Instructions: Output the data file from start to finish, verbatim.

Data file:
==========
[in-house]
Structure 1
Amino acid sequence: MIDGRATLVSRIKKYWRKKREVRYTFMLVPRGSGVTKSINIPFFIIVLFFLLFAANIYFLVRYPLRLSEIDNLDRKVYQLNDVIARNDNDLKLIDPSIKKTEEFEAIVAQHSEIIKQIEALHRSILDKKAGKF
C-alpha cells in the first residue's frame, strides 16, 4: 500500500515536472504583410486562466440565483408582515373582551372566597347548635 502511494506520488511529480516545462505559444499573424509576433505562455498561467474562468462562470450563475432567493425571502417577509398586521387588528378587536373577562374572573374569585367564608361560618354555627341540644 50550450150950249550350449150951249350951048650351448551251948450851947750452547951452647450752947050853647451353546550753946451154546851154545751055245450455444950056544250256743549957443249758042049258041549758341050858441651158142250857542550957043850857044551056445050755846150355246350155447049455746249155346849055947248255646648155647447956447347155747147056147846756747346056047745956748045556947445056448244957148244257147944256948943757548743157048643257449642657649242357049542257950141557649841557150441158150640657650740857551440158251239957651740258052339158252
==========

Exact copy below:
[in-house]
Structure 1
Amino acid sequence: MIDGRATLVSRIKKYWRKKREVRYTFMLVPRGSGVTKSINIPFFIIVLFFLLFAANIYFLVRYPLRLSEIDNLDRKVYQLNDVIARNDNDLKLIDPSIKKTEEFEAIVAQHSEIIKQIEALHRSILDKKAGKF
C-alpha cells in the first residue's frame, strides 16, 4: 500500500515536472504583410486562466440565483408582515373582551372566597347548635 502511494506520488511529480516545462505559444499573424509576433505562455498561467474562468462562470450563475432567493425571502417577509398586521387588528378587536373577562374572573374569585367564608361560618354555627341540644 50550450150950249550350449150951249350951048650351448551251948450851947750452547951452647450752947050853647451353546550753946451154546851154545751055245450455444950056544250256743549957443249758042049258041549758341050858441651158142250857542550957043850857044551056445050755846150355246350155447049455746249155346849055947248255646648155647447956447347155747147056147846756747346056047745956748045556947445056448244957148244257147944256948943757548743157048643257449642657649242357049542257950141557649841557150441158150640657650740857551440158251239957651740258052339158252